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After a 3 month residency in the studio at the Gallery, WW presents solo show of new works by Jonathan Gabb
Gabb, Jonathan 02 Gum Seven, acrylic paint & mixed media, w200 x h200 x d189 cm (2011).
LONDON.- Jonathan Gabb has been announced as the winner of the WW Gallery’s inaugural SOLO award. Jonathan Gabb will receive the prize money of £1000, a three month residency in which he hopes to create site-specific works inspired by the natural light of the gallery (something he has been deprived of in his own studio), and a solo show in January 2013.

There is more to Gabb’s installations than first pleases the eye; it isn’t instantly obvious that these showers of colour take inspiration from the decorative elements of Art Nouveau or are working to achieve an effect similar to Baroque and Rococo architectural adornments. Gabb describes his work as “playing with reality”, admitting that his influences are as diverse Wayne Thiebaud’s Refrigerator Pies, where paint comes to resemble frosting on a cake, and Damien Hirst’s abstract yet arbitrary spot paintings. In a world filled with a persistent realism, Gabb’s work reminds us of the transformative power of pure materials.

You have developed a very particular method of working with paint as though it is an object, how did you begin working in this way?

I was introduced to this technique whilst on a life painting course, a PVA glue medium was mixed in with acrylic paint so that it appeared more translucent. Later on during my degree course I became interested in the act of painting and wanted to investigate the medium further. I loved how acrylic paint could maintain its plastic quality when the PVA glue was added and so I continued to experiment. I was interested in exploring how I could make reference to the act of painting in the works. By making sheets and cutting them into threads I was able to create forms which allude to drips and sweeping paint strokes.

It is not necessarily obvious what exactly you are doing with paint just by looking, are you interested in confusing the viewer?

It’s more about confounding the expectations of the viewer. With a painting, people expect paint on a canvas or pigment in liquid on a flat surface, I’m trying to do something different. I want to stretch the material value of paint in a 3D form in a way which transforms it into something else - the paint is freed from a fixed surface and can be viewed as an object.

Audiences have a greater understanding about art now and I want to show something that not only has a lot of thought put into it, but which is also enjoyable to look at. I think there is something very authoritative about the traditional method of painting, and I think that ties in with people’s expectations. With these works people engage with the material nature of the medium, more than the colour, in a way in which they usually wouldn’t with traditional painting.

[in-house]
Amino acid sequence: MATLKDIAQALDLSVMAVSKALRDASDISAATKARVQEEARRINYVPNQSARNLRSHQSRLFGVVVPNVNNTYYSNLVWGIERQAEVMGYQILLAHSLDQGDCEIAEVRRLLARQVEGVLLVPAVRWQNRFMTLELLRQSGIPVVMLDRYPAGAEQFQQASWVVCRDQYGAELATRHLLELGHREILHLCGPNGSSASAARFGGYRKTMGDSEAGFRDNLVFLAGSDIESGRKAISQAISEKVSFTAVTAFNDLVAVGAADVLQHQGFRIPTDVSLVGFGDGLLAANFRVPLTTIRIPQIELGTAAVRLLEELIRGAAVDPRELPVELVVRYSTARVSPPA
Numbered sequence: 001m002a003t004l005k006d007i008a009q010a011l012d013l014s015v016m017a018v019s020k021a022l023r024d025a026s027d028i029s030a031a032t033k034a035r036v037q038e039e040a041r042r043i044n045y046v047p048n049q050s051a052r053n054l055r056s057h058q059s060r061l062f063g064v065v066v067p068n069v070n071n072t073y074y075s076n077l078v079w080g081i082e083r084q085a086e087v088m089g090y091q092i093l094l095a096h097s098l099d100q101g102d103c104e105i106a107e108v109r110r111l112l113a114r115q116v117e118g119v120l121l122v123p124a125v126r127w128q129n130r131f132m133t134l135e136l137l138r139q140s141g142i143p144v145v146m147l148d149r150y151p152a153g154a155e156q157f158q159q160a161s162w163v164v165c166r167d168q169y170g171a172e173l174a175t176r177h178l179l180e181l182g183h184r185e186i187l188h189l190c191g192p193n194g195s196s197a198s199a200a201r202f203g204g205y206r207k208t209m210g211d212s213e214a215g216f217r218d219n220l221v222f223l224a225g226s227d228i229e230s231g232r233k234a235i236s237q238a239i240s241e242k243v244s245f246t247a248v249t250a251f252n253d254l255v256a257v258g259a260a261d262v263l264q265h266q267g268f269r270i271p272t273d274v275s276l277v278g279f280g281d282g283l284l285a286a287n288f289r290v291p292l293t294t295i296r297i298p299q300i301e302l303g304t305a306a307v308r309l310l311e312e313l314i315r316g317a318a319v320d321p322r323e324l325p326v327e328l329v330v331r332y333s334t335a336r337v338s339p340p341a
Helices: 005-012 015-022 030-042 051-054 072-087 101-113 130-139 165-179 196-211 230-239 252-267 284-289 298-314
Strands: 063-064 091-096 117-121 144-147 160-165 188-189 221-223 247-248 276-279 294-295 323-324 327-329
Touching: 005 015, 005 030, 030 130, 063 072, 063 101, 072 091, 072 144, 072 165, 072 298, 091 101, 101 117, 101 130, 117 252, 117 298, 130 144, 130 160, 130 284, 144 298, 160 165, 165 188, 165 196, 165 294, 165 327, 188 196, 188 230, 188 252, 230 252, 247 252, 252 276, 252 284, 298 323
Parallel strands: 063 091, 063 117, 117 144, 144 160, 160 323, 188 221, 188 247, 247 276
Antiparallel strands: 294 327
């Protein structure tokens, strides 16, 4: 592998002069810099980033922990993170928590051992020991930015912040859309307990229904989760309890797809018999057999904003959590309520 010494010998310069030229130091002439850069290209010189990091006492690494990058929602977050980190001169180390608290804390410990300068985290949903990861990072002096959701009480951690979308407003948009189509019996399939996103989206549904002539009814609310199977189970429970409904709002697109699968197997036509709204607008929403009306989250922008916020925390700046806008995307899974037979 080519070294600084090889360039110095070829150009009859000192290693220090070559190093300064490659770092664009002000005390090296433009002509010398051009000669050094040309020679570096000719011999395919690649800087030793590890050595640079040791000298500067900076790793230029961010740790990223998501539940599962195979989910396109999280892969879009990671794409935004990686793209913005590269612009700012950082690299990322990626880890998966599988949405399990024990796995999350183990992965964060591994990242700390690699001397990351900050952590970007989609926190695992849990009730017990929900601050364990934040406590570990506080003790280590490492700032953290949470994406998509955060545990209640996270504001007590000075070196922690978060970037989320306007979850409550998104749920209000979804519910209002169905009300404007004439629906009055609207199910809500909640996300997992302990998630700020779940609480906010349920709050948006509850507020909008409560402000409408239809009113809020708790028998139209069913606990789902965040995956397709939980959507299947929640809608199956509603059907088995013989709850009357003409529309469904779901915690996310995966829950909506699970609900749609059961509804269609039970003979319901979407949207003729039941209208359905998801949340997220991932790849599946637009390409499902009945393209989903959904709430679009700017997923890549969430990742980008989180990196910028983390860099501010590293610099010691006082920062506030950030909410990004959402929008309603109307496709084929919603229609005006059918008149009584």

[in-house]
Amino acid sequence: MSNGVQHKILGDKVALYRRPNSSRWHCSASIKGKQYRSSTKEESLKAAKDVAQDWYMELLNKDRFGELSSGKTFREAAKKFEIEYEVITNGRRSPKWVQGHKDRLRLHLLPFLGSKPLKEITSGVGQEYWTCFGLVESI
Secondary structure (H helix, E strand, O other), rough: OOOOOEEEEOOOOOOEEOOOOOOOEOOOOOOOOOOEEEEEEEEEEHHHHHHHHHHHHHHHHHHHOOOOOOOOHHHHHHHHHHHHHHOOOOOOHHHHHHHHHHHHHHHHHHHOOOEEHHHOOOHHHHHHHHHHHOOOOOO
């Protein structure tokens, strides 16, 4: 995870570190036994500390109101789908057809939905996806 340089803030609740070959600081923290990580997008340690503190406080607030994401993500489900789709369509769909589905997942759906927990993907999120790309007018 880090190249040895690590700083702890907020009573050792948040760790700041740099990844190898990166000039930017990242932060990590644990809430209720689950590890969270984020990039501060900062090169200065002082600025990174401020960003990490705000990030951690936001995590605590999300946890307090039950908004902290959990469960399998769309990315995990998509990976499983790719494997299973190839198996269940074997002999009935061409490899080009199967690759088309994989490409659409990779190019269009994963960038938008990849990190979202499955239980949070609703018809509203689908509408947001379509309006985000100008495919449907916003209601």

What effect does working in this way achieve which most interests you?

I enjoy the optical element of the work; viewing the work becomes more of an event. The viewer can move around the work; from a side angle it might resemble a pen and ink drawing, then it merges into denser three dimensional forms at another point. The viewer is encouraged to engage physically with the work. During my residency at WW I’d like to explore how I can create work which responds to the nature of the space and how the viewer will interact with the installations as they move through the gallery.

Are there particular colours or forms which you find most effective when you are making your installations, or are other elements the driving forces behind your work?

My selection of colour in my more recent work has been consciously arbitrary. I like the idea of treating the raw material of the paint itself as a readymade, so I select the colours automatically. However I have enjoyed combining vibrant colour with the dramatic swirling forms of ‘baroque’ style compositions.

I also love the idea of celebrating the notion of abstract art as an ornament or decoration. The abstract expressionist paintings of the 1950s were meant to be the height of modernism, yet at the same time they decorated the minimalist architecture in the way an ornament would, despite being a contradiction to the ethos of the time. So these works adhere to the ceilings and walls in an unself-conscious way - like the adornments of rococo and baroque architecture.





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